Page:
All parents should find out about the camp’s philosophy. Is it a general camp or specialised? Says Gool Ghadiali, Principal of Gopal Sharma International School, Mumbai: “We are sending our students to Turkey on a ‘World Children’s Meet’ on ‘Global Warming.’ Our children will not only be representing the school but our country; so, we will be training our staff and kids as well.”
Remember, psychological wellbeing is just as important as physical health, so parents must find out whether their child would be allowed to call home if s/he is feeling homesick.
Type of activity
How much physical activity do campers have, and what’s the potential for injury during such activities? If it’s a sports camp, you’d do well to know whether trainers and coaches are prepared to handle sprains, strains, heat stroke and other emergencies.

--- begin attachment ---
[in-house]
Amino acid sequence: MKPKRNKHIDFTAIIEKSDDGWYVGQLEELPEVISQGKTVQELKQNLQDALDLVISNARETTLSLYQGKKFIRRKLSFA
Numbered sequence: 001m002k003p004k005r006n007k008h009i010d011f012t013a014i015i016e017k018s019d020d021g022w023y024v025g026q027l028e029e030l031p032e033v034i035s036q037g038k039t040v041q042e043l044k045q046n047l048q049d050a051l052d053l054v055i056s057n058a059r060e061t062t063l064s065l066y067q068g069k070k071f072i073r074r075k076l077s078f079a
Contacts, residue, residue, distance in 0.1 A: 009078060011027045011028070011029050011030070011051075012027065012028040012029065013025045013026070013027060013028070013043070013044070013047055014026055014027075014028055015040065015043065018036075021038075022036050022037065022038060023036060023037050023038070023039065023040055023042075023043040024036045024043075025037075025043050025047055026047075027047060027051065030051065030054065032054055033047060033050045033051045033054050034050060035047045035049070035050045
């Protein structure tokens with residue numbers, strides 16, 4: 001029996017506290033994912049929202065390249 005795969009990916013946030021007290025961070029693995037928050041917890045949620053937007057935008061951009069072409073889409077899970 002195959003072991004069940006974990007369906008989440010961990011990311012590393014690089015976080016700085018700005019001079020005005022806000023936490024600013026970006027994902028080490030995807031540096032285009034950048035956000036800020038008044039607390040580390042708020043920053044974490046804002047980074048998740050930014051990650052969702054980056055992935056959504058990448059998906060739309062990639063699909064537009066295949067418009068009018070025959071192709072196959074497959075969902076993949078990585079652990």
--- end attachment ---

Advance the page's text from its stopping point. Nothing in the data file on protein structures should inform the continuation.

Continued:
“It can be very difficult for camps to get healthcare providers, so parents need to ask what training the staff have gone through,” says Babita Sharma, who religiously sends her kids for camping every summer. She advises: “Ask the camp director how long it takes for an ambulance to get to the camp, and which hospital would someone, who is sick or injured, be sent to.”
Safety is an important factor while choosing a camp, voices Commodore Shirke, Chief of Go-Karting Centre at Powai, Mumbai. “Stringent counsellor-to-camper ratio and staff qualifications are mandatory for supervision. This includes rock-climbing, swimming, archery, and camp trip activities.”